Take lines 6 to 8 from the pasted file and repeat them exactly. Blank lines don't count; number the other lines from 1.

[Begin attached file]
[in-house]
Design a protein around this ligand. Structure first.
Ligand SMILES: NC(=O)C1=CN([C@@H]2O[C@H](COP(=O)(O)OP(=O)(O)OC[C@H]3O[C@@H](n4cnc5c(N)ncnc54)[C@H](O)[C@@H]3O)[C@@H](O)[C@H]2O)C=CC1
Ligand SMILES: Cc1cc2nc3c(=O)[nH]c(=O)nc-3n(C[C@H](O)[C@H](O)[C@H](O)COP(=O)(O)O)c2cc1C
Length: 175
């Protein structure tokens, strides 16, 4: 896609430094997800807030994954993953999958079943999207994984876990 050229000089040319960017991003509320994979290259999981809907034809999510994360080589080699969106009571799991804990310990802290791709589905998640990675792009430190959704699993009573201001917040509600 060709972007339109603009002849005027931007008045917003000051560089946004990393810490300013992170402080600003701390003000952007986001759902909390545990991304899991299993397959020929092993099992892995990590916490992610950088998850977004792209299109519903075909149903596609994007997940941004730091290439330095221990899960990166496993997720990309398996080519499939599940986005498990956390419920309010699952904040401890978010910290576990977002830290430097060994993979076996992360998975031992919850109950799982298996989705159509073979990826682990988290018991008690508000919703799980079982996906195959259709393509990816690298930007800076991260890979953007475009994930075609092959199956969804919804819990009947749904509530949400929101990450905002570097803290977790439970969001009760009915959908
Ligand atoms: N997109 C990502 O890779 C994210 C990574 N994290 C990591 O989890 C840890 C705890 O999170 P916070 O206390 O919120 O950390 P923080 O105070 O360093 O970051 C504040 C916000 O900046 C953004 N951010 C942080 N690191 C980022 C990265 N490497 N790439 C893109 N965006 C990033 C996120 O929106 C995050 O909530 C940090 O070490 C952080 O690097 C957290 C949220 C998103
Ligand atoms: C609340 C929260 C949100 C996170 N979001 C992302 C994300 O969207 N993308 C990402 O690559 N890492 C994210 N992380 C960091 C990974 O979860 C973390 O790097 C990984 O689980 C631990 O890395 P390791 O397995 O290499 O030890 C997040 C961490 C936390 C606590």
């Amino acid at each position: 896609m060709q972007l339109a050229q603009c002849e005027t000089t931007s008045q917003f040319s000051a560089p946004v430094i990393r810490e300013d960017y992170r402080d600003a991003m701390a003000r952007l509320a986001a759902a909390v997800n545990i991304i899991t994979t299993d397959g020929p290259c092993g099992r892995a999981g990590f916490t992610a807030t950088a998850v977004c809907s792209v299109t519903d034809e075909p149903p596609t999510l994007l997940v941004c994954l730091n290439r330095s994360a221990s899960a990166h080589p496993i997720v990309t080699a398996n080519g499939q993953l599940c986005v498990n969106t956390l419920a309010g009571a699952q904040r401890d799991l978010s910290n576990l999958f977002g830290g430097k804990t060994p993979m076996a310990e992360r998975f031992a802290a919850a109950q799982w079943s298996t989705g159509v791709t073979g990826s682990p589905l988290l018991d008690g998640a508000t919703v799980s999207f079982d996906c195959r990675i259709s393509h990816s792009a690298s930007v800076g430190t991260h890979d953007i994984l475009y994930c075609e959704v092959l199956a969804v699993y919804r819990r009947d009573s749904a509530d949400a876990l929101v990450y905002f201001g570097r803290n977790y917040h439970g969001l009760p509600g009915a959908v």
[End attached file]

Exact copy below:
């Protein structure tokens, strides 16, 4: 896609430094997800807030994954993953999958079943999207994984876990 050229000089040319960017991003509320994979290259999981809907034809999510994360080589080699969106009571799991804990310990802290791709589905998640990675792009430190959704699993009573201001917040509600 060709972007339109603009002849005027931007008045917003000051560089946004990393810490300013992170402080600003701390003000952007986001759902909390545990991304899991299993397959020929092993099992892995990590916490992610950088998850977004792209299109519903075909149903596609994007997940941004730091290439330095221990899960990166496993997720990309398996080519499939599940986005498990956390419920309010699952904040401890978010910290576990977002830290430097060994993979076996992360998975031992919850109950799982298996989705159509073979990826682990988290018991008690508000919703799980079982996906195959259709393509990816690298930007800076991260890979953007475009994930075609092959199956969804919804819990009947749904509530949400929101990450905002570097803290977790439970969001009760009915959908
Ligand atoms: N997109 C990502 O890779 C994210 C990574 N994290 C990591 O989890 C840890 C705890 O999170 P916070 O206390 O919120 O950390 P923080 O105070 O360093 O970051 C504040 C916000 O900046 C953004 N951010 C942080 N690191 C980022 C990265 N490497 N790439 C893109 N965006 C990033 C996120 O929106 C995050 O909530 C940090 O070490 C952080 O690097 C957290 C949220 C998103
Ligand atoms: C609340 C929260 C949100 C996170 N979001 C992302 C994300 O969207 N993308 C990402 O690559 N890492 C994210 N992380 C960091 C990974 O979860 C973390 O790097 C990984 O689980 C631990 O890395 P390791 O397995 O290499 O030890 C997040 C961490 C936390 C606590």